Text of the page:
It was another long night aboard the International Space Station, as the crew had to deal with a series of minor problems, in what is starting to sound like a broken record.
As always, we have to preface things by saying the crew is safe, and none of the new problems are particularly serious. They’re more of an annoyance, but annoyances on the ISS seem to be in an abundance these days.
The first problem to emerge last night was a broken toilet located in the Russian segment. Cosmonaut Anatoly Ivanishin reported the problem to ground controllers, who suspect the issue is an air bubble that formed in the system, according to Russian news agency Interfax. An update from AFP suggests the toilet problem has since been fixed.
Had it not been fixed, however, the cosmonauts could have relieved themselves in a toilet located in their Soyuz-MS-16 spacecraft, which is currently docked to the ISS. Failing that, they could’ve politely asked NASA for access to its fancy new $23 million toilet, the Universal Waste Management System, which arrived at the ISS earlier this month. If those options were somehow out, the crew could’ve just worn diapers normally used during spacewalks.
A potentially more serious problem emerged later the same evening when the Russian oxygen supply system—yes, the same one from last week—broke down once again. Water used to generate oxygen had run out, but, like the toilet, this problem was evidently also fixed, AFP reports.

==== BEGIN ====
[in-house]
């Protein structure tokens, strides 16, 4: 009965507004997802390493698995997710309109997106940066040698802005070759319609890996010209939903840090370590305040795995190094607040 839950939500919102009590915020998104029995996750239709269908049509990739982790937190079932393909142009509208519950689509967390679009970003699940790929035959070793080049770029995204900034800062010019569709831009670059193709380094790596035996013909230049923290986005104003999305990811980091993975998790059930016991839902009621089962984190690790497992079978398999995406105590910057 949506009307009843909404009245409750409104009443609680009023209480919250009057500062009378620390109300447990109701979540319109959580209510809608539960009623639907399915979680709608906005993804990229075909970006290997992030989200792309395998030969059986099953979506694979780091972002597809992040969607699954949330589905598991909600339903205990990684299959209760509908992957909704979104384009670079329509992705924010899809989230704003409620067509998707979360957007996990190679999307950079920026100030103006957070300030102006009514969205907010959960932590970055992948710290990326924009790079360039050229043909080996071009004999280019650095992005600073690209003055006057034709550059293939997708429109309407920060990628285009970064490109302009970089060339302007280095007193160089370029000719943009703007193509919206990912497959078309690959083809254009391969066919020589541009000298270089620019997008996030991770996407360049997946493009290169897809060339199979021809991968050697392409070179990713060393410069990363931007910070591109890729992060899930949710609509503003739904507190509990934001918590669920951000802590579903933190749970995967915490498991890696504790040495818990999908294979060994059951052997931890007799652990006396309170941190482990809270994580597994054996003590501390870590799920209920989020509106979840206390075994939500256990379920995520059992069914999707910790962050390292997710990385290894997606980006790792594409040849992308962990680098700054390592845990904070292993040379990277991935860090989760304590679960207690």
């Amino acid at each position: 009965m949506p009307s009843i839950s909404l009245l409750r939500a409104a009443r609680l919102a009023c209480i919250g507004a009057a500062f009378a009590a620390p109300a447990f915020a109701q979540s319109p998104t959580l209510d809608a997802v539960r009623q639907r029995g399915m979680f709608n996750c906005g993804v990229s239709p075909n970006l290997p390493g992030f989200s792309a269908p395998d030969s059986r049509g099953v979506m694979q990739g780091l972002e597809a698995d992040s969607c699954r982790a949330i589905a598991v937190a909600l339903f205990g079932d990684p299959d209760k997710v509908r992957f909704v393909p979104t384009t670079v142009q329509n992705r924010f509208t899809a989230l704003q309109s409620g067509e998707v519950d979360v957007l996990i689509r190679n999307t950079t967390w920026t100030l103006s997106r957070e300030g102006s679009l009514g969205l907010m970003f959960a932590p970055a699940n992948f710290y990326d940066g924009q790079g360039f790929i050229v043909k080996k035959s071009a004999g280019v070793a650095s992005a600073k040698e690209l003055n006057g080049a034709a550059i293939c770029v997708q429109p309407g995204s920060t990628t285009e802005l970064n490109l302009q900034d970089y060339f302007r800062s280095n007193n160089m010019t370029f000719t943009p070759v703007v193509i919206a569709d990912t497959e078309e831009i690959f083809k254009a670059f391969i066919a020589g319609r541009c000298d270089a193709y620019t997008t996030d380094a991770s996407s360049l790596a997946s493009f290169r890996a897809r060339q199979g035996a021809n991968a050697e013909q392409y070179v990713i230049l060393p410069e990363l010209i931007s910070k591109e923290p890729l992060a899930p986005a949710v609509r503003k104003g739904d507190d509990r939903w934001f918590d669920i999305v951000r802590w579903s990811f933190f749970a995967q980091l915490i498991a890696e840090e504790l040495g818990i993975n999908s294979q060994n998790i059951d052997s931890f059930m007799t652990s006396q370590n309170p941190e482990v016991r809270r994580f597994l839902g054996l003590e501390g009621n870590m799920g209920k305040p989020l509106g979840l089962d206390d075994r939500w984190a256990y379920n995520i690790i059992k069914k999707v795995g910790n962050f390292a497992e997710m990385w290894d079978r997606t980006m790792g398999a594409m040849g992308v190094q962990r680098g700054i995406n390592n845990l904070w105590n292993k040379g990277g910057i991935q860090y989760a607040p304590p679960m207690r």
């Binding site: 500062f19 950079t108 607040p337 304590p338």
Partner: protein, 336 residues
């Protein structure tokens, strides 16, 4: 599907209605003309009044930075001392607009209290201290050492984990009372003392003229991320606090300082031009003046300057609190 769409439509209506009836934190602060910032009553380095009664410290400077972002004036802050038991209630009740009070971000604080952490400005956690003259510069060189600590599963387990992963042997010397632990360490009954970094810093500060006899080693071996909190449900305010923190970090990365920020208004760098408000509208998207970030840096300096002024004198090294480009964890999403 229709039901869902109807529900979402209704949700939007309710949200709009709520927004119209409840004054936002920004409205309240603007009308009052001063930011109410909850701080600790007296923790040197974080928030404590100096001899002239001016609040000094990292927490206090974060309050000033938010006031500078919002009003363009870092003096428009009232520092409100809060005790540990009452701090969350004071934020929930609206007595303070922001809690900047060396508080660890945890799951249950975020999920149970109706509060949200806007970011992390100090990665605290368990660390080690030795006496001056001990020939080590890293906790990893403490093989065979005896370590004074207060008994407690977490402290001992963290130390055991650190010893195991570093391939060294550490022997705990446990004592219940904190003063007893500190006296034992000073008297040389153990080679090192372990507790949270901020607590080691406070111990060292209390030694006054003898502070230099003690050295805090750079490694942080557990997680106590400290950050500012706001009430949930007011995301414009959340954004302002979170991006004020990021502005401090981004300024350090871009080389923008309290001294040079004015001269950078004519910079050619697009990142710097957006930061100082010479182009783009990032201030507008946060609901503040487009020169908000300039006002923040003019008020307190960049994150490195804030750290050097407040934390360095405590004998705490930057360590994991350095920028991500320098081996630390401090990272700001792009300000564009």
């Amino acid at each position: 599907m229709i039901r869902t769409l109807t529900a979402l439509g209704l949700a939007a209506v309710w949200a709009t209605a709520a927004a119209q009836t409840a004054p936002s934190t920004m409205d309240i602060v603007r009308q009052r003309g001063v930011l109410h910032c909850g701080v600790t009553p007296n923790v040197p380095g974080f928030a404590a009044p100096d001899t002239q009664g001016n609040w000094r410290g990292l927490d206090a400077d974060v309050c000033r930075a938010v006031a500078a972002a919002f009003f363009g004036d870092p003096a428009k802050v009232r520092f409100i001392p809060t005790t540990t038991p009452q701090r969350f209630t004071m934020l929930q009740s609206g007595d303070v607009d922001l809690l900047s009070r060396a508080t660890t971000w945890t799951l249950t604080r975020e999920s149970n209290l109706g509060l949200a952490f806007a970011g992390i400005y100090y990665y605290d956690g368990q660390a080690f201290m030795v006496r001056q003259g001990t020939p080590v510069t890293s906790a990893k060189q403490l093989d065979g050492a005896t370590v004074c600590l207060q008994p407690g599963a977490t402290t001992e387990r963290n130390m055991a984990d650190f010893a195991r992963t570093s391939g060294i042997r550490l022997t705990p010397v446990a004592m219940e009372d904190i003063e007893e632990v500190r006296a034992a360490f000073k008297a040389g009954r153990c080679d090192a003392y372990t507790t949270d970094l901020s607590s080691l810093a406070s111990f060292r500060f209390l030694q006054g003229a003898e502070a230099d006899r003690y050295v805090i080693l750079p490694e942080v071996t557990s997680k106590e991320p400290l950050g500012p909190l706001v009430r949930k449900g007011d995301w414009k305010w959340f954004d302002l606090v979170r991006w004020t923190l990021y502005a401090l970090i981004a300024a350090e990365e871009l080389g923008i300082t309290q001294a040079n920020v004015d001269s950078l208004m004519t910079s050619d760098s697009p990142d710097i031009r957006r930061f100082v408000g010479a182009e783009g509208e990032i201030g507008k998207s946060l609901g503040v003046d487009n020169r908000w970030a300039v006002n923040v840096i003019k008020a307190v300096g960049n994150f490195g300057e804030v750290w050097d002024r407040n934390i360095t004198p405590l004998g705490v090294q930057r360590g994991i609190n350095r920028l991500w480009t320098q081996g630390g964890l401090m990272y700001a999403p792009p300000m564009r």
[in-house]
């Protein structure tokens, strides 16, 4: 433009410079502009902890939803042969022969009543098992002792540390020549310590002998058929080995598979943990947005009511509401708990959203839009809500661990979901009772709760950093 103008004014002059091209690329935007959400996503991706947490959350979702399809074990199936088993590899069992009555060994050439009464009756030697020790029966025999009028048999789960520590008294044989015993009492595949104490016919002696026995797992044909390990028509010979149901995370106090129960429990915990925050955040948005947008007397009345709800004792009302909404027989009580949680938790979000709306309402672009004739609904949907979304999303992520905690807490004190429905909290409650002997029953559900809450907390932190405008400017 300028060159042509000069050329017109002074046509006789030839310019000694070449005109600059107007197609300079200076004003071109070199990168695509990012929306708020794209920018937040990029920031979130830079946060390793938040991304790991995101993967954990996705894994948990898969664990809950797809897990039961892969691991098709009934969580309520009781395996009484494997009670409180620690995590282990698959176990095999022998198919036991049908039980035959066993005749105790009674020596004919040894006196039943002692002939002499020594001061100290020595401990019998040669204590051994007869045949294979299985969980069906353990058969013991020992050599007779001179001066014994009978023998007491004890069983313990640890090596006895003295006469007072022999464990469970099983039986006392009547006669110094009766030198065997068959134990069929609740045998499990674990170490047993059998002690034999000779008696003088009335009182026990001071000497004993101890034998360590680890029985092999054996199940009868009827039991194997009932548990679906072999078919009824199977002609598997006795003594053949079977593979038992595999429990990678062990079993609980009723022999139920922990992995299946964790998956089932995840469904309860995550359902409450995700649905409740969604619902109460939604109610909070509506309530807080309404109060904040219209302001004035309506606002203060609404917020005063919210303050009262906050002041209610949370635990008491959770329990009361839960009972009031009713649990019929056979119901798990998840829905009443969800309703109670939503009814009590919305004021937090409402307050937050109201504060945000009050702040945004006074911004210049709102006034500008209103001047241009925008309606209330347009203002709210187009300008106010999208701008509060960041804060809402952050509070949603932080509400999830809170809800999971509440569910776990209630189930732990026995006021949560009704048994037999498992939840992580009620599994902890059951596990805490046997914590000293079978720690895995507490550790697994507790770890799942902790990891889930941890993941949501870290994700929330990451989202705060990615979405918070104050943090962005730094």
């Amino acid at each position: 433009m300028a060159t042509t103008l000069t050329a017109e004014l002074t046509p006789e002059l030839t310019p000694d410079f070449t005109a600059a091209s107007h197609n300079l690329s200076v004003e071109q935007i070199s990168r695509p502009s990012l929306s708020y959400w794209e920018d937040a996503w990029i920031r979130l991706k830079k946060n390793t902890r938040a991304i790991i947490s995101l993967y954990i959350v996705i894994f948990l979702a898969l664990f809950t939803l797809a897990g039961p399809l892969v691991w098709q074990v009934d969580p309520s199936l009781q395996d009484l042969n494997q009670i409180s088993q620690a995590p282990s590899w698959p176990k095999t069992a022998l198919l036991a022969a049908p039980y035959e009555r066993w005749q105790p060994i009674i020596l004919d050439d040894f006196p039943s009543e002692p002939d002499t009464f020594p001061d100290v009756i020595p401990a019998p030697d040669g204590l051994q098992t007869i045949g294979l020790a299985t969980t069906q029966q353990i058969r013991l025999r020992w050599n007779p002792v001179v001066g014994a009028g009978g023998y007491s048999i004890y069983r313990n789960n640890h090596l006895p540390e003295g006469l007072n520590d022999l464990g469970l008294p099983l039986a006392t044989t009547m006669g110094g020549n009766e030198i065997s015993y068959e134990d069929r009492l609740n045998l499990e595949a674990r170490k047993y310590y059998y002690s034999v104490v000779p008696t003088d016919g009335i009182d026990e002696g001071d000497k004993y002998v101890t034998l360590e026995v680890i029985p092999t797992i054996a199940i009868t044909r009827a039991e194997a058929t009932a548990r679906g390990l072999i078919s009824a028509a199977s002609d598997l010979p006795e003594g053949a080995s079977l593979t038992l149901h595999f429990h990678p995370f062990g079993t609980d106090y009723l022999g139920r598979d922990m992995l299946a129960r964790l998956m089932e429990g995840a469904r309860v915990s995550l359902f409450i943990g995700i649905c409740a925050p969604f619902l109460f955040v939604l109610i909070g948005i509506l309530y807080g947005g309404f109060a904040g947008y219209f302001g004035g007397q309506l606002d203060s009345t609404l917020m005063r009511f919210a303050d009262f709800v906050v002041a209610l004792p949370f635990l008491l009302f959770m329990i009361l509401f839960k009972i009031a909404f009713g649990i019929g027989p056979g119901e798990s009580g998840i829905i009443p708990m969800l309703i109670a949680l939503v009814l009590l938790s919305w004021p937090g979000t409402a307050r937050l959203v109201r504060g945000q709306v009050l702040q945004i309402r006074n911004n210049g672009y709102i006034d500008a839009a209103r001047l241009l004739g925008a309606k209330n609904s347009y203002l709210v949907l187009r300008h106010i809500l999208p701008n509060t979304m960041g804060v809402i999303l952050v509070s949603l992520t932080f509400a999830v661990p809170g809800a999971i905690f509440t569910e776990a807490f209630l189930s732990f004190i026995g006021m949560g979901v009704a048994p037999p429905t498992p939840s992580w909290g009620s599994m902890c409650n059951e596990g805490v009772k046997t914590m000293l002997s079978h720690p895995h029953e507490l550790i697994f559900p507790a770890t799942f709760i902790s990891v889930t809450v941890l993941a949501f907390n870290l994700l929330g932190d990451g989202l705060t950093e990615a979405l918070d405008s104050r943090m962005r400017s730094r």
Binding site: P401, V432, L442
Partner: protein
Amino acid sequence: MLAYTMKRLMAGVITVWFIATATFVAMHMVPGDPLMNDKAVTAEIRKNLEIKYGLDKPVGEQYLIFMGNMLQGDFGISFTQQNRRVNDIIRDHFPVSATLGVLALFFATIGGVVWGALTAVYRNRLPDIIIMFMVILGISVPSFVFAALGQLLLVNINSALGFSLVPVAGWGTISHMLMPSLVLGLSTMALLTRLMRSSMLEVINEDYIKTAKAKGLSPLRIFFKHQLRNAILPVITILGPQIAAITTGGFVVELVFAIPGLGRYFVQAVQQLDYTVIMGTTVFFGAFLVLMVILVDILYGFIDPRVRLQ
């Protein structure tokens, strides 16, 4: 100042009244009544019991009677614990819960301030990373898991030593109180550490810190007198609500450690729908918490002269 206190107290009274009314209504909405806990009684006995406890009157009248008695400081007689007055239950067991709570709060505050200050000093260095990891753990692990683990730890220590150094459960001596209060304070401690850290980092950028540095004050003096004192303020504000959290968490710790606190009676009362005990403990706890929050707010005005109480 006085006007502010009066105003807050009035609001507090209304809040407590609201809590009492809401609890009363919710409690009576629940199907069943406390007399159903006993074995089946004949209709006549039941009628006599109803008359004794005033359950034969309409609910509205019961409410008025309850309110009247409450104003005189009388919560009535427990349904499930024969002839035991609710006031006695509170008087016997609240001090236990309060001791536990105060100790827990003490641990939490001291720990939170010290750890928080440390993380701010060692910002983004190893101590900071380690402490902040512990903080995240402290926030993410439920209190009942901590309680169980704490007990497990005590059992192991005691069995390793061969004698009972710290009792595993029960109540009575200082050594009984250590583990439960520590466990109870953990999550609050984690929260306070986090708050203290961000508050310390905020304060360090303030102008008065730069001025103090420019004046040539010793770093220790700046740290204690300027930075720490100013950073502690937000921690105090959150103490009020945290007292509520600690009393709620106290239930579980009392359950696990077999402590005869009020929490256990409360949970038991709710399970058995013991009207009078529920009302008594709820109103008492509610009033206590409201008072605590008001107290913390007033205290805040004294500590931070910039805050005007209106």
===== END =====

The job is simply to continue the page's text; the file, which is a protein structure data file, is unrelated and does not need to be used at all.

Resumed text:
Located in the Zvezda module, the Electron-VM oxygen supply system is one of two on the ISS, the other being NASA’s Environmental Control and Life Support System (ECLSS). NASA’s system can sustain the six-member crew, and there are spare oxygen tanks available should things really go sideways.
And as if to add insult to injury, an oven used to warm up food also broke down, according to AFP. Yeah, it was one of those nights.
According to Russian news agency TASS, all problems were resolved over the course of the night. A spokesperson for Russian space agency Roscosmos said: “All of the station’s systems are operating normally, there is no danger to the crew’s safety and the ISS journey.”
Another problem on the ISS—a pesky air leak that began in September 2019—has finally been located and temporarily fixed. Last week, Ivanishin found the source of the leak by observing the trajectory of a floating tea bag within the Zvezda module. The temporary fix consisted of some foam rubber and—you guessed it—a duct tape-like strip known as Kapton tape (Update: A reader would like me to clarify that that Kapton tape is technically not duct tape—it’s a polymer film plus adhesive, while duct tape is fabric plus adhesive. Kapton tape can withstand huge temperature extremes, which is why it’s often used on spacecraft.). A similar fix was used in 2018 for another ISS leak. Ground experts are currently working on a more long-term solution, NASA reports.
Ivanishin, along with fellow cosmonaut Ivan Vagner and NASA astronaut Chris Cassidy, won’t have to deal with these problems for much longer, as they’re set to return to Earth this week. The trio will undock from the Poisk module at 7:32 p.m. EDT on Thursday and arrive at a landing site in Kazakhstan at 10:55 p.m. EDT.
The International Space Station, it’s fair to say, is starting to show its age (the orbital outpost dates back to 1998). When the Russian oxygen supply system failed last week, veteran Russian cosmonaut Gennady Padalka said all Russian modules are “exhausted” and that they rely on expired equipment in dire need of replacement, as RIA Novosti reported. Given all that’s been going on in the ISS lately, he’s probably not wrong.